FORT WAYNE, Ind. (WANE) – Despite Allen County Council opting for a lower local income tax rate hike than desired to build a new county jail, Allen County Commissioners believe designs for such a facility will not change.
A delay of a month or more for initial construction, however, is expected due to an “unanticipated wetlands issue” at the site of the proposed jail at 2911 Meyer Road, located between Fort Wayne and New Haven.
That’s according to a new U.S. District Court filing commissioners turned in Monday to a federal judge who previously ruled as part of a class action lawsuit that the current jail’s conditions violate inmates’ rights.
In a saga that has stretched out nearly two years, Judge Damon Leichty this month ordered commissioners to provide a status report on plans for a new jail in lieu of county council voting to adopt a .11 percent local income tax rate to fund construction of such a facility instead of a .2 percent rate – and then later a .15 percent rate – asked for by the commissioners.
While commissioners said in the filing designs for the proposed roughly $320 million jail will not change, initial construction of the jail may be delayed from an April 2024 target.
In the filing, attorneys for the commissioners – who were named as defendants along with the Allen County Sheriff in the lawsuit that sparked the need for either a new jail or an overhaul of the current downtown facility – wrote:
“The Defendant was apprised last week that unanticipated wetlands issues have arisen,
which will result in delay. Specifically, there is a question as to whether the Indiana Department of Environmental Management or the Army Corps of Engineers has jurisdiction to issue a permit to deal with areas of wetlands within the proposed construction site.”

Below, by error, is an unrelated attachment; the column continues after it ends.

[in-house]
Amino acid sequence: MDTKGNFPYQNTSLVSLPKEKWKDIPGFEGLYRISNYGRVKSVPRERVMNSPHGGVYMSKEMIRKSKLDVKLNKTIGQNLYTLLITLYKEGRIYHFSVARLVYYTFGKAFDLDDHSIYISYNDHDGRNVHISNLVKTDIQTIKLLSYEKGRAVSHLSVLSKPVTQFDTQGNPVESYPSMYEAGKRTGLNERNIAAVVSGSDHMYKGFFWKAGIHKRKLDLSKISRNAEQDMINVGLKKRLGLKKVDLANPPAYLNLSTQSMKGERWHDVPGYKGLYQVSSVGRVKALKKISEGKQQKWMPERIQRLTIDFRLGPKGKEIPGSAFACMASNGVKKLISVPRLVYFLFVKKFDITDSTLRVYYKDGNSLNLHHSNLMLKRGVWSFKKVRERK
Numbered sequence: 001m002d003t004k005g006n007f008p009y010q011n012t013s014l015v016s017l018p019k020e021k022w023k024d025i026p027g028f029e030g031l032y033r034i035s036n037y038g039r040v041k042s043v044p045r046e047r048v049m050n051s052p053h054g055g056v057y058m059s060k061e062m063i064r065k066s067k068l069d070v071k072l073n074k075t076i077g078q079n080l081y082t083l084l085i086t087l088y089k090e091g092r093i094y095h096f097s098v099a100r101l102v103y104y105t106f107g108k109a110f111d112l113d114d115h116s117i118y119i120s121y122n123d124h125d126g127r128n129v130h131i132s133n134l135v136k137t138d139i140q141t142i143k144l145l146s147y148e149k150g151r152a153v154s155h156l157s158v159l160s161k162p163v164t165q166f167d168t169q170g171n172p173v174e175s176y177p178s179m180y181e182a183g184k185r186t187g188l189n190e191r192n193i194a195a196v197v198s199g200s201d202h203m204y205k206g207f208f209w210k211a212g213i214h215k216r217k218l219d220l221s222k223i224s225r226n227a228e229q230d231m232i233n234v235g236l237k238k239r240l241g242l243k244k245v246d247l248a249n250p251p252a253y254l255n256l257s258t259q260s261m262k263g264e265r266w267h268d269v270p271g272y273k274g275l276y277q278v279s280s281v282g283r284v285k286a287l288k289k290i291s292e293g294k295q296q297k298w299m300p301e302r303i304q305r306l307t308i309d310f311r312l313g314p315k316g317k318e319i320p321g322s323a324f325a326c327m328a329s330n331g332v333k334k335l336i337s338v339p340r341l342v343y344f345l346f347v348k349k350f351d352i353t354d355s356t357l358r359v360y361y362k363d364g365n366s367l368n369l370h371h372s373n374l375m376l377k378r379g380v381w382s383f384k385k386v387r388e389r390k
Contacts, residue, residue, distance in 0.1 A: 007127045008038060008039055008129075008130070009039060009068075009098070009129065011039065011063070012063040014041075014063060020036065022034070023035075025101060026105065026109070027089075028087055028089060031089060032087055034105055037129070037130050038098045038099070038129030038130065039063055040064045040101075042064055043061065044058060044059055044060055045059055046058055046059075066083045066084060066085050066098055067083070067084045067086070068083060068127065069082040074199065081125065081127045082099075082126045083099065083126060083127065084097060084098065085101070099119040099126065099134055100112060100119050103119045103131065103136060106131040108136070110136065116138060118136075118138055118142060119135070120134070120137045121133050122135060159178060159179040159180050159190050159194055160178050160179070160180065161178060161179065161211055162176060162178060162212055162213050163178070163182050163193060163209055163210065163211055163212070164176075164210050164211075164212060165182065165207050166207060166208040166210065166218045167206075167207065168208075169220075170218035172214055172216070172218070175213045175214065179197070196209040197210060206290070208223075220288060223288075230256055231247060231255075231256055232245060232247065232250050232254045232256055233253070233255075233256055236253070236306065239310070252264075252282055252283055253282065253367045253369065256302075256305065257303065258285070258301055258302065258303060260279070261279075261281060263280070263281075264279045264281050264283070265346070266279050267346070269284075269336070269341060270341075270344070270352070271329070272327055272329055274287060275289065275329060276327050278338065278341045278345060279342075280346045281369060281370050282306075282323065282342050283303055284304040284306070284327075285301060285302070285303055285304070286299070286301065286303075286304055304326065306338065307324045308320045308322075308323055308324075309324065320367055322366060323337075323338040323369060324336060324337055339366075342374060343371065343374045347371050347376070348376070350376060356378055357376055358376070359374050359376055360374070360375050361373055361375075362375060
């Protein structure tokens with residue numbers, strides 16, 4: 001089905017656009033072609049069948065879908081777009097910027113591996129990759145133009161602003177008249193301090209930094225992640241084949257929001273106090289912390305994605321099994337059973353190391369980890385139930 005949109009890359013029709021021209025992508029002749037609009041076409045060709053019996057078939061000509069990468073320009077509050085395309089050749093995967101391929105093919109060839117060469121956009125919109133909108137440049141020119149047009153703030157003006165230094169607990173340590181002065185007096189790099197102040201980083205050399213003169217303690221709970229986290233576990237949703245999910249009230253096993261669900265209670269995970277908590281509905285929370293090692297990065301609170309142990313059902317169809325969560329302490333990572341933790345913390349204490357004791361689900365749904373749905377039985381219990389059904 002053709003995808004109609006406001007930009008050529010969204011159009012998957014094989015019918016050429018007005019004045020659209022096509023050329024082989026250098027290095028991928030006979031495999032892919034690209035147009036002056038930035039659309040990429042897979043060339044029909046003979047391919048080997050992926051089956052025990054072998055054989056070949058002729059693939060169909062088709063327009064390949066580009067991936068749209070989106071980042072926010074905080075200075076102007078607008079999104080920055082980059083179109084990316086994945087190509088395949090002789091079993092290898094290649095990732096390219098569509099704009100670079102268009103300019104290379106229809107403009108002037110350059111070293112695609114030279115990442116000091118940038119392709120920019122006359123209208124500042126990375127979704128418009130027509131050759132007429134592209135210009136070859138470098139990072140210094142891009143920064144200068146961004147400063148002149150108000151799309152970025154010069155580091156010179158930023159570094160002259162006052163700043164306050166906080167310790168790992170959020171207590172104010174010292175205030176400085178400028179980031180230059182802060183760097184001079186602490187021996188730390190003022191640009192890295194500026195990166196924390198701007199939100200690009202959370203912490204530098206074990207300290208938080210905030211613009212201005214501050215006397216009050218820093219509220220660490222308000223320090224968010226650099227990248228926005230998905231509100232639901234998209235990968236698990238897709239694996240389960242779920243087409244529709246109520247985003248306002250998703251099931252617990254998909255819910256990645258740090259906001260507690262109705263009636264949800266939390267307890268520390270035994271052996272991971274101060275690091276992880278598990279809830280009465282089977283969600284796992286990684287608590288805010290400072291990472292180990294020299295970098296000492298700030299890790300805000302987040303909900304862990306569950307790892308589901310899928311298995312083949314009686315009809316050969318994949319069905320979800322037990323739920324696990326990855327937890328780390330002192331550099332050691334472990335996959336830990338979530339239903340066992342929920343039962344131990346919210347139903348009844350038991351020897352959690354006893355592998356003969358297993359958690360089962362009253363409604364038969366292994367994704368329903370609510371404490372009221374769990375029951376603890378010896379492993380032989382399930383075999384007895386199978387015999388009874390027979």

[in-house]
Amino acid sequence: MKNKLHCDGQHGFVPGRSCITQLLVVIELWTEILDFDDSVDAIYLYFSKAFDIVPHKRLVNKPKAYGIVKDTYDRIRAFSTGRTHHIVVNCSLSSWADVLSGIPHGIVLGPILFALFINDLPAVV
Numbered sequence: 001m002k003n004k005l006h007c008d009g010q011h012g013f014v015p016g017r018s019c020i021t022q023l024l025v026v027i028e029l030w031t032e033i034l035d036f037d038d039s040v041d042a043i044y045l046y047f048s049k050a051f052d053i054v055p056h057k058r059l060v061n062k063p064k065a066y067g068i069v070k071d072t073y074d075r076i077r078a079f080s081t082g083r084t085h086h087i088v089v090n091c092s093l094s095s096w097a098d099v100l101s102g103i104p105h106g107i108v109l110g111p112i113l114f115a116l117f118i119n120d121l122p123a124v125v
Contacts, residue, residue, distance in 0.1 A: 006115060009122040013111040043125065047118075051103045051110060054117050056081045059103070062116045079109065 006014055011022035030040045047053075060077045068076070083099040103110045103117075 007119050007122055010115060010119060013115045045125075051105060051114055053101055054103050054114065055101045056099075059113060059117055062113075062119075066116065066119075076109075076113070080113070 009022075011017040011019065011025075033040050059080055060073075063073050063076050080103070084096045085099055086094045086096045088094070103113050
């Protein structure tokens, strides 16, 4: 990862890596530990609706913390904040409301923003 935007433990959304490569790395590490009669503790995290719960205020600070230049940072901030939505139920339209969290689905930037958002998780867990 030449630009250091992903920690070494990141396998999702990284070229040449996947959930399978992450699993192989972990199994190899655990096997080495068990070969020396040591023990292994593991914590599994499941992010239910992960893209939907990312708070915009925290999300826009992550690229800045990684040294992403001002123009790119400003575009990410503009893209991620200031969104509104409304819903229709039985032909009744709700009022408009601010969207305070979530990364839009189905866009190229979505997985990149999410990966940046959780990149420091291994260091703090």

“That jurisdictional dispute will not be resolved until early 2024, which may result in initial site work beginning in May 2024,” the filing continued. “Depending on which entity takes jurisdiction, further delays could occur, but if site work can begin in May next year, completion of construction is not anticipated to be substantially delayed.”
The commissioners also cautioned in the filing that additional delays could be caused by various citizen groups opposing the jail, who “continue to raise available administrative objections to stop the jail construction project,” attorneys wrote in the filing.
“While the Board of Commissioners does not expect that their attempts to scuttle the project will be successful, their efforts may result in delays beyond the control of the Defendant,” the filing said.
The commissioners said in the newest filing that they believed a minimum .15 percent jail local income tax plus some available cash would’ve covered the entirety of the new jail project.
The .11 percent local income tax ultimately passed by council will work in conjunction with that available cash and an economic development income tax – as long as “bids come in as projected and there is no significant unanticipated interest rate increase between now and the contemplated bond sale,” attorneys wrote in the filing.
The commissioners expect the bonding process for the project to be done in late March, according to the filing.
Designs for the jail, though, will remain the same under the current .11 percent income tax rate.
“At this time, the Defendant does not believe that the selected funding mechanism and revenue stream will result in a need for design changes,” attorneys for the commissioners wrote. “The current design is for 1,334 beds in five (5) pods. The fifth pod is slated to be bid as an alternate bid, though, so that if bids/costs run higher than expected, that pod can be eliminated, leaving 1,086 beds in four (4) pods.”
“This corresponds to the Defendant’s prior submissions to the Court which indicated a proposed project of approximately 1,100 beds,” the filing continued.
Commissioners asked the judge to set the next status report for April 2024.